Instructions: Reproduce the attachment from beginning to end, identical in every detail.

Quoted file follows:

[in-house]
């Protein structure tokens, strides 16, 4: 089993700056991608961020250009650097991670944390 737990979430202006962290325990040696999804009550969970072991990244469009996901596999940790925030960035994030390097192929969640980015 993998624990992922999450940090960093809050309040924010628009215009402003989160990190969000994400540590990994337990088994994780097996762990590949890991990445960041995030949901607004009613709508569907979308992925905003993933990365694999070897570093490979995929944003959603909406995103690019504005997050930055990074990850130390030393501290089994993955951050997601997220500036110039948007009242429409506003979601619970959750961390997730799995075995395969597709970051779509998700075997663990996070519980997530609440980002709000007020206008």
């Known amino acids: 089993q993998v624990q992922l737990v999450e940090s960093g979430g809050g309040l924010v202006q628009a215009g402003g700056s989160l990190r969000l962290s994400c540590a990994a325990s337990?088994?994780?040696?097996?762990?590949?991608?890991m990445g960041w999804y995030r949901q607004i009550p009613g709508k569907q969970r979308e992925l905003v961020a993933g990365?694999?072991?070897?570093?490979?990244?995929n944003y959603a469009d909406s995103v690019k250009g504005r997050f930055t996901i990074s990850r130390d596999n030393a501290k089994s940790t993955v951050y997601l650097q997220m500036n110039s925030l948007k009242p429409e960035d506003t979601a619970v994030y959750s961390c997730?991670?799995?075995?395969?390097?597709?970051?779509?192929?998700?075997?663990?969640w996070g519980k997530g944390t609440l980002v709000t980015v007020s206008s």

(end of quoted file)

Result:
[in-house]
């Protein structure tokens, strides 16, 4: 089993700056991608961020250009650097991670944390 737990979430202006962290325990040696999804009550969970072991990244469009996901596999940790925030960035994030390097192929969640980015 993998624990992922999450940090960093809050309040924010628009215009402003989160990190969000994400540590990994337990088994994780097996762990590949890991990445960041995030949901607004009613709508569907979308992925905003993933990365694999070897570093490979995929944003959603909406995103690019504005997050930055990074990850130390030393501290089994993955951050997601997220500036110039948007009242429409506003979601619970959750961390997730799995075995395969597709970051779509998700075997663990996070519980997530609440980002709000007020206008």
């Known amino acids: 089993q993998v624990q992922l737990v999450e940090s960093g979430g809050g309040l924010v202006q628009a215009g402003g700056s989160l990190r969000l962290s994400c540590a990994a325990s337990?088994?994780?040696?097996?762990?590949?991608?890991m990445g960041w999804y995030r949901q607004i009550p009613g709508k569907q969970r979308e992925l905003v961020a993933g990365?694999?072991?070897?570093?490979?990244?995929n944003y959603a469009d909406s995103v690019k250009g504005r997050f930055t996901i990074s990850r130390d596999n030393a501290k089994s940790t993955v951050y997601l650097q997220m500036n110039s925030l948007k009242p429409e960035d506003t979601a619970v994030y959750s961390c997730?991670?799995?075995?395969?390097?597709?970051?779509?192929?998700?075997?663990?969640w996070g519980k997530g944390t609440l980002v709000t980015v007020s206008s």